A second safety issue is that of contaminants. Because herbs are agricultural products or wild-crafted (i.e., gathered in the wild), they can be contaminated with pesticides, herbicides, and soil contaminants such as heavy metals, fungi, and bacteria. In addition, contaminants can be introduced through the manufacturing process, such as solvents used for extraction. The liver toxicity of kava appears to be related to acetone extraction. Whether residual acetone is responsible for this toxicity, or whether acetone extracts additional chemicals from the bulk plant material that are not normally present in the teas made by native populations that use kava, remains to be determined. However, it is clear that some people who used a commercially available kava extract suffered liver damage, which led the FDA to ban acetone-extracted kava preparations.
A third safety issue is adulteration. Unscrupulous herb dealers and manufacturers of herbal remedies have been known to add pharmaceuticals to their products. Some complex herbal mixtures have been found to contain indomethacin, warfarin, and diethylstilbestrol. Because these pharmaceuticals could account for any therapeutic effect, it can be impossible to determine whether the herbal components of a remedy possess any efficacy. If the presence of pharmaceuticals is confirmed, the herbal product would be banned from the market.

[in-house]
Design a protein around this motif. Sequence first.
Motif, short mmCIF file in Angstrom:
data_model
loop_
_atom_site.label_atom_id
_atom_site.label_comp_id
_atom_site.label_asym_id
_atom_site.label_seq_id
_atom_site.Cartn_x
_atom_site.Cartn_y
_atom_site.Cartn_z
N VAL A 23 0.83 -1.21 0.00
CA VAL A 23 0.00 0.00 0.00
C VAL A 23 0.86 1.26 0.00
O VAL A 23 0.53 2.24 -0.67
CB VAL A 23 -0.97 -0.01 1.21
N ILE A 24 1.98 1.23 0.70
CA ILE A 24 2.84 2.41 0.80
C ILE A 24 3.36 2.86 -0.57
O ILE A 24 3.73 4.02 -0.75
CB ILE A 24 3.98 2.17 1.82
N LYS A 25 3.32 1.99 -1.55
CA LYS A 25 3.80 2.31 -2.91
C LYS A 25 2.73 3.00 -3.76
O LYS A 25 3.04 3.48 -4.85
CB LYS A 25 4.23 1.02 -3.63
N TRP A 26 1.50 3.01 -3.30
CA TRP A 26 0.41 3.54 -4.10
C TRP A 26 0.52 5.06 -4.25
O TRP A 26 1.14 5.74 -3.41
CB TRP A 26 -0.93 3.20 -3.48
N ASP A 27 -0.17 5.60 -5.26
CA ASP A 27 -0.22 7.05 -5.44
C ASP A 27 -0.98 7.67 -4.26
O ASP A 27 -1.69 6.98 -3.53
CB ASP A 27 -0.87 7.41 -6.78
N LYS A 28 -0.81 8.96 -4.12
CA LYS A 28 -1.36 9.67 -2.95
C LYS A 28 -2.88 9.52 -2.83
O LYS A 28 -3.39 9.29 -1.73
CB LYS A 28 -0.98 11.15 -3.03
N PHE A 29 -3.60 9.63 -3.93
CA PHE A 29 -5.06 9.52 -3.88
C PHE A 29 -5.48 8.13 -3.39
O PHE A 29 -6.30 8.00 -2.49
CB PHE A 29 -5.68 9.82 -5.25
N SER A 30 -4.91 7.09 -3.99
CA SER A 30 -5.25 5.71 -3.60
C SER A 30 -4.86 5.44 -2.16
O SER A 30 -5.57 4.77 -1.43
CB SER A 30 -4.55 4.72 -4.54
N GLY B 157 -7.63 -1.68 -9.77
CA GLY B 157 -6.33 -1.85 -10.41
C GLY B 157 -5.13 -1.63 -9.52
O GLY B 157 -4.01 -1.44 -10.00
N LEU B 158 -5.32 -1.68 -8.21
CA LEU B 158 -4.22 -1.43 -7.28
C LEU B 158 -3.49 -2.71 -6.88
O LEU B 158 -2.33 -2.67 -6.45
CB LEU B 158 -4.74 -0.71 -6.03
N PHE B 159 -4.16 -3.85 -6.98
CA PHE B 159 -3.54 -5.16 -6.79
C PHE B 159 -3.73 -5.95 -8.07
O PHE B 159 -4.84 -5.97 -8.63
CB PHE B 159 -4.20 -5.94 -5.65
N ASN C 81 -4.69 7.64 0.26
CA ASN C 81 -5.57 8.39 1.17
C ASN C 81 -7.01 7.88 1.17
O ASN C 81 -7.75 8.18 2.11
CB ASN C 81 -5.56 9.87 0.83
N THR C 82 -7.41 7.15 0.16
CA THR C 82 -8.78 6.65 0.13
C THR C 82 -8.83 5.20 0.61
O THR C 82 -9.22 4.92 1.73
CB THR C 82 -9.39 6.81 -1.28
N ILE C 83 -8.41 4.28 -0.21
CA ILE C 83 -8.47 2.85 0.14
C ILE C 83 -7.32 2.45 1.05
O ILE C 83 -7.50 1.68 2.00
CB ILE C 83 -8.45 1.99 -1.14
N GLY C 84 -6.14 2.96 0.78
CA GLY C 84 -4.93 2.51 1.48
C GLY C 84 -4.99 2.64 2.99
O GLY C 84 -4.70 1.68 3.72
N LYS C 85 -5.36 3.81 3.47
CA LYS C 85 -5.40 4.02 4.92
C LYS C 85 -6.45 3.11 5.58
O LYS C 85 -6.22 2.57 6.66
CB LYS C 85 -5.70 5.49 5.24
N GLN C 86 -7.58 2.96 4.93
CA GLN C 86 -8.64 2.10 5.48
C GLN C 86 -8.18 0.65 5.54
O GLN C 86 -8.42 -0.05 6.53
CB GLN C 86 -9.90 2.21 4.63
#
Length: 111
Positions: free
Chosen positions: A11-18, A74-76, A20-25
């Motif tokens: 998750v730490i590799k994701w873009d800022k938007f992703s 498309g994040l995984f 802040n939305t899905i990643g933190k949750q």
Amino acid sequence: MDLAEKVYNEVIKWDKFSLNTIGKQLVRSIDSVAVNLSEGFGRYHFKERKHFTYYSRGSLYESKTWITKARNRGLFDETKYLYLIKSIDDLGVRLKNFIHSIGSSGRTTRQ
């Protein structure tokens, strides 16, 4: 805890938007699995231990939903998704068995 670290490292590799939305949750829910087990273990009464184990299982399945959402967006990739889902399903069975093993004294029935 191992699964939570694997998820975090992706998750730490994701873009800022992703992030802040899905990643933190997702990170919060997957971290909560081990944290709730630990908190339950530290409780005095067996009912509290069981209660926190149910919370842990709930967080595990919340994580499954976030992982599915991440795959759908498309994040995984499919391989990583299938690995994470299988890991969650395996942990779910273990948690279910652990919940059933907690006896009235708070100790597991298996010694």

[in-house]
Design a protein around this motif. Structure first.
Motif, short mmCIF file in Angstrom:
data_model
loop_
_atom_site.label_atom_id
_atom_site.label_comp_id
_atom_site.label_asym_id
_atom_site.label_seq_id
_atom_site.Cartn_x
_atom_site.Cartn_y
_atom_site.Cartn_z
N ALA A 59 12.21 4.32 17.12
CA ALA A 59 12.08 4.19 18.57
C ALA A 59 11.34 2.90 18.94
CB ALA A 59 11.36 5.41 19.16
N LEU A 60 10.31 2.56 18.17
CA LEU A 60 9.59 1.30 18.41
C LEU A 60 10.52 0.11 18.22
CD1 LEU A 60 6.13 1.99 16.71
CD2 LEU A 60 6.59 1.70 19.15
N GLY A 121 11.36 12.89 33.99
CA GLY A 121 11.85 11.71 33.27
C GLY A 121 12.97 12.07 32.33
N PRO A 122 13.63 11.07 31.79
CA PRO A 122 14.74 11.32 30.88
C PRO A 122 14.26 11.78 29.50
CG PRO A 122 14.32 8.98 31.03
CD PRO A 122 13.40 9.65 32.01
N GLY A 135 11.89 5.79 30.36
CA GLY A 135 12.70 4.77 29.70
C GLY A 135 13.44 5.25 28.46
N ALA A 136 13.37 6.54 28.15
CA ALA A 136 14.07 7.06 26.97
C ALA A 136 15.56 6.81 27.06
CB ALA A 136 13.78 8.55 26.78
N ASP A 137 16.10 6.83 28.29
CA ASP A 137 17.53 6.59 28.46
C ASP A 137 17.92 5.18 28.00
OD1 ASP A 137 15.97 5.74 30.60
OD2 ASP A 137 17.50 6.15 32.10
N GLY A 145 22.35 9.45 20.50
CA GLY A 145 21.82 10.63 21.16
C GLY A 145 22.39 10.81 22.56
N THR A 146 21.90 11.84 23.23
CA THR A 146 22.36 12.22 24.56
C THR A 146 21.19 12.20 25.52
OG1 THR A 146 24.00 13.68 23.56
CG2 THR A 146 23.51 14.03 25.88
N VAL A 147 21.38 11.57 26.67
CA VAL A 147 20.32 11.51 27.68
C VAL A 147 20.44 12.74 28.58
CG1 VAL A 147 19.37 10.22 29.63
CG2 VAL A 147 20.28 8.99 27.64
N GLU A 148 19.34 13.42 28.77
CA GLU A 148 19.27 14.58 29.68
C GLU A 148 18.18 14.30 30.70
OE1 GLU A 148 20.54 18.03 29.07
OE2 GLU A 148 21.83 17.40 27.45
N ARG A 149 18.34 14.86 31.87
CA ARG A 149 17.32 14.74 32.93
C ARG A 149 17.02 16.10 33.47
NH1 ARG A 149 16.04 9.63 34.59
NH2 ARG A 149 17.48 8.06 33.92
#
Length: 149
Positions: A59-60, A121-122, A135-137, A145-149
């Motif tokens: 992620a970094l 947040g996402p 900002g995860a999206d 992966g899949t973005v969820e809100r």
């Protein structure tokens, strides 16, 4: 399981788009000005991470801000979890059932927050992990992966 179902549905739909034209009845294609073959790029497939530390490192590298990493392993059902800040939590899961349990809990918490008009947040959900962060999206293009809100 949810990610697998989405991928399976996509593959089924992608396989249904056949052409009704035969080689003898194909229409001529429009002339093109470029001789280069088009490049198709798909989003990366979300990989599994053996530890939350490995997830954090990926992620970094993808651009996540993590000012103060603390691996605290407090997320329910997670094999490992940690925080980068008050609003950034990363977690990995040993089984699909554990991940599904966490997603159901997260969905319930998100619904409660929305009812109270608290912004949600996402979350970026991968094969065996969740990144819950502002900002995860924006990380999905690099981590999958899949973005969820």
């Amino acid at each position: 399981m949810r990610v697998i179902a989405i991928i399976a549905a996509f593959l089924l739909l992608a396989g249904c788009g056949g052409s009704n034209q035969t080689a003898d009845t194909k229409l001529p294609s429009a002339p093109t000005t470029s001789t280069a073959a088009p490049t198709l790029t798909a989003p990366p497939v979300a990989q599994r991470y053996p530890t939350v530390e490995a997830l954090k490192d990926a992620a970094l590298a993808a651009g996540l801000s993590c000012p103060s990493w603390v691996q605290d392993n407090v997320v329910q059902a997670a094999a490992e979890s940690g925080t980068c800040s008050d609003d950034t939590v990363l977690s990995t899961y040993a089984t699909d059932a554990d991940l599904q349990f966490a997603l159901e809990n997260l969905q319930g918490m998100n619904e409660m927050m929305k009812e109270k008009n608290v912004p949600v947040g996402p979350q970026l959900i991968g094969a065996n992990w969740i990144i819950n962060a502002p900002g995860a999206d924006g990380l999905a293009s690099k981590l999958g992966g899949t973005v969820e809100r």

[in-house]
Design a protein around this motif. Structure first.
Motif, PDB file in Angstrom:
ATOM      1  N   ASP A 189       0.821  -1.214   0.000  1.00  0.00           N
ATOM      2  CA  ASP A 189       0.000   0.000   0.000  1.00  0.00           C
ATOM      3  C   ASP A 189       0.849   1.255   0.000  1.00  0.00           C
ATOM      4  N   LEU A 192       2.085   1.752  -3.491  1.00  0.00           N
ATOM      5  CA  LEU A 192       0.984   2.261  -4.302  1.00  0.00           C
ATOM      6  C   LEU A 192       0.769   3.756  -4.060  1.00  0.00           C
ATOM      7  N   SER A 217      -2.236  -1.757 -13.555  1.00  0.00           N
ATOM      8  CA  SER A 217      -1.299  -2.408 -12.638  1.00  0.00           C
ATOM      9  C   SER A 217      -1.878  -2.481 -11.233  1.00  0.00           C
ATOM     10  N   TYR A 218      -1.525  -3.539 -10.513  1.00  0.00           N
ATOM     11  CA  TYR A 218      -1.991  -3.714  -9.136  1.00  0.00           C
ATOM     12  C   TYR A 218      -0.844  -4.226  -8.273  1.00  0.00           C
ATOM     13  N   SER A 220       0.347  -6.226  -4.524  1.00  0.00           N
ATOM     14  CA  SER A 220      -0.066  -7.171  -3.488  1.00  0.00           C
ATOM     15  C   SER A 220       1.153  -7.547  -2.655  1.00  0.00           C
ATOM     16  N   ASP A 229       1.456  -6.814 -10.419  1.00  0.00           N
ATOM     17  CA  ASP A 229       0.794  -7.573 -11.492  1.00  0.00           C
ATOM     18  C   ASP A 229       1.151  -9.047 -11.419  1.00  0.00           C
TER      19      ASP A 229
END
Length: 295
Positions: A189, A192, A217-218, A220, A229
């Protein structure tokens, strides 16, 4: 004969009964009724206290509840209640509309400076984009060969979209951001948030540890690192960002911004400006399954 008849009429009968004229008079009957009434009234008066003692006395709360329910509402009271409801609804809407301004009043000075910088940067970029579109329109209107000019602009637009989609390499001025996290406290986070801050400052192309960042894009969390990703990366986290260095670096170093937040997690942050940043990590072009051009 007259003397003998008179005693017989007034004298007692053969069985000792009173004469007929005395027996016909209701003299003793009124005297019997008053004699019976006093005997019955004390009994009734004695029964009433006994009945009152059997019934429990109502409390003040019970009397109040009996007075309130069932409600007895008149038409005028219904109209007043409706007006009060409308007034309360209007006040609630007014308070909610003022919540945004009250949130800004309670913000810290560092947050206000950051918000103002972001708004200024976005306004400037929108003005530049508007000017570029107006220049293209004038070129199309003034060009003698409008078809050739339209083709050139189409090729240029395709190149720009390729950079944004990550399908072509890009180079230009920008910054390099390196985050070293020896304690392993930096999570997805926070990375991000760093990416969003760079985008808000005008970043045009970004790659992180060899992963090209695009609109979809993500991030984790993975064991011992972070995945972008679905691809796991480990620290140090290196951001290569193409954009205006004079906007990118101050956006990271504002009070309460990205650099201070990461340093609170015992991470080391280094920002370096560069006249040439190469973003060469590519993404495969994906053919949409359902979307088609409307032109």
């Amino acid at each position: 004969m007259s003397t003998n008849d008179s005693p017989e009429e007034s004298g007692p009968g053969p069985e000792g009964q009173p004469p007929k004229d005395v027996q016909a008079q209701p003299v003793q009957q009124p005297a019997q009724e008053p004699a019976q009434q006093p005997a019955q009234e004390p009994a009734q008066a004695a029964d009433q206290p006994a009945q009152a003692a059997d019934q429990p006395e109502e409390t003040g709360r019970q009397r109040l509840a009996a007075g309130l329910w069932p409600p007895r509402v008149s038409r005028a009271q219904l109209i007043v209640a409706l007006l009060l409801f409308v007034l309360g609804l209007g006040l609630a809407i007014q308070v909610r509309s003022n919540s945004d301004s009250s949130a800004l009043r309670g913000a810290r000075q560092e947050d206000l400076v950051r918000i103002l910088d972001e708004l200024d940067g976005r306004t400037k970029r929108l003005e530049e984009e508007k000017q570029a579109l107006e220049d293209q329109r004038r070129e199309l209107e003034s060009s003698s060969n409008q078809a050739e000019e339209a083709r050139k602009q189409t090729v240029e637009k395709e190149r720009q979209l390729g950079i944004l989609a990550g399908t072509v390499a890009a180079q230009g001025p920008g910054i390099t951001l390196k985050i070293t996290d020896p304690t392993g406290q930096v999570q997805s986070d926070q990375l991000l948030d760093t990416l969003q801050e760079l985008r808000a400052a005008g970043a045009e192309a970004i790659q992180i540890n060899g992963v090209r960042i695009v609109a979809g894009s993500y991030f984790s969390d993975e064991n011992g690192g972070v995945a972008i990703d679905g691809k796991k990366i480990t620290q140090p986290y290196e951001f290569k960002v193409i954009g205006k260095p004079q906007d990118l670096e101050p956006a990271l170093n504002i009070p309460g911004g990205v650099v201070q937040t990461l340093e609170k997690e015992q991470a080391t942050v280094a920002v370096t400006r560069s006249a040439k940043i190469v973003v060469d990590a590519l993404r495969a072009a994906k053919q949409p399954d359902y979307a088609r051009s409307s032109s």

A fourth safety issue is misidentification. A pharmacologically active herb may be only one species of a large genus of plants. Proper identification of the species can often be difficult. One example of this is ginseng. American ginseng is highly sought after for its tonic effects, but the collection of wild American ginseng is strictly controlled to avert decimation of the species. There are other ginseng varieties that, according to herbalists, are much less efficacious but could appear as American ginseng in the marketplace. There are essentially no guarantees that the plants identified on the label of an herbal remedy are actually the plants present.
Finally, herbs are natural products, and the chemistry of the plant is determined by growing conditions, including seed stock. This can lead to considerable variation in the chemical composition of any given batch of herbs (Fig. 7-1). There are no “standards” or methods of certification that are accepted across the industry. When the active ingredients are not known, it is obviously impossible to standardize preparations to achieve a reproducible pharmacological effect. Not only does this make the clinical use of herbs difficult, but it is also a major impediment to research in this area.
FIGURE 7–1 Relative concentrations of active ingredients in plants are known to be affected by environmental conditions. In this illustration, growing strawberries in a high CO2 environment increased the content of the endogenous antioxidants, glutathione, and flavonoids.
Data from Wang et al. J Agric Food Chem 2003; 51:4315–4320.